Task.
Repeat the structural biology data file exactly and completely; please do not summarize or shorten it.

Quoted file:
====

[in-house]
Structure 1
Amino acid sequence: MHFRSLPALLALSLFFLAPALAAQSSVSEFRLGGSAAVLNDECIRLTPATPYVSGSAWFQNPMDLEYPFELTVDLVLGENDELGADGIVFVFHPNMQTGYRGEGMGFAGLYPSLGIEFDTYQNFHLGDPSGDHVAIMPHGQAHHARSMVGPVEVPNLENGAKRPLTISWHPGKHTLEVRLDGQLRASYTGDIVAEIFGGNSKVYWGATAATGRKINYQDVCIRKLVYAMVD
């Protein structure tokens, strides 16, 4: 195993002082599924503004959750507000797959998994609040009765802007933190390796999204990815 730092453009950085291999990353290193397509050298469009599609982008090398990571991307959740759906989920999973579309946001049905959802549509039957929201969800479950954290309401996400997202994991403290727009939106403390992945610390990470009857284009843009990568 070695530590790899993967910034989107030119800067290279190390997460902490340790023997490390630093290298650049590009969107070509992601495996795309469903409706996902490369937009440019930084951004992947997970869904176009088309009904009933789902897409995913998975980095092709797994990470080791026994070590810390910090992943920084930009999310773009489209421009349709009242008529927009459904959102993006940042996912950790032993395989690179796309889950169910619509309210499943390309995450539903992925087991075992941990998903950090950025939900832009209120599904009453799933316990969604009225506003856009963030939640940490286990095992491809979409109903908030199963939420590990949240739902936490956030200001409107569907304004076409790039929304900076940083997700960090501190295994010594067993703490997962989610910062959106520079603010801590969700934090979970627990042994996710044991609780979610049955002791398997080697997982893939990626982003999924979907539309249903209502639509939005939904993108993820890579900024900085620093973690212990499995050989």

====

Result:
[in-house]
Structure 1
Amino acid sequence: MHFRSLPALLALSLFFLAPALAAQSSVSEFRLGGSAAVLNDECIRLTPATPYVSGSAWFQNPMDLEYPFELTVDLVLGENDELGADGIVFVFHPNMQTGYRGEGMGFAGLYPSLGIEFDTYQNFHLGDPSGDHVAIMPHGQAHHARSMVGPVEVPNLENGAKRPLTISWHPGKHTLEVRLDGQLRASYTGDIVAEIFGGNSKVYWGATAATGRKINYQDVCIRKLVYAMVD
């Protein structure tokens, strides 16, 4: 195993002082599924503004959750507000797959998994609040009765802007933190390796999204990815 730092453009950085291999990353290193397509050298469009599609982008090398990571991307959740759906989920999973579309946001049905959802549509039957929201969800479950954290309401996400997202994991403290727009939106403390992945610390990470009857284009843009990568 070695530590790899993967910034989107030119800067290279190390997460902490340790023997490390630093290298650049590009969107070509992601495996795309469903409706996902490369937009440019930084951004992947997970869904176009088309009904009933789902897409995913998975980095092709797994990470080791026994070590810390910090992943920084930009999310773009489209421009349709009242008529927009459904959102993006940042996912950790032993395989690179796309889950169910619509309210499943390309995450539903992925087991075992941990998903950090950025939900832009209120599904009453799933316990969604009225506003856009963030939640940490286990095992491809979409109903908030199963939420590990949240739902936490956030200001409107569907304004076409790039929304900076940083997700960090501190295994010594067993703490997962989610910062959106520079603010801590969700934090979970627990042994996710044991609780979610049955002791398997080697997982893939990626982003999924979907539309249903209502639509939005939904993108993820890579900024900085620093973690212990499995050989």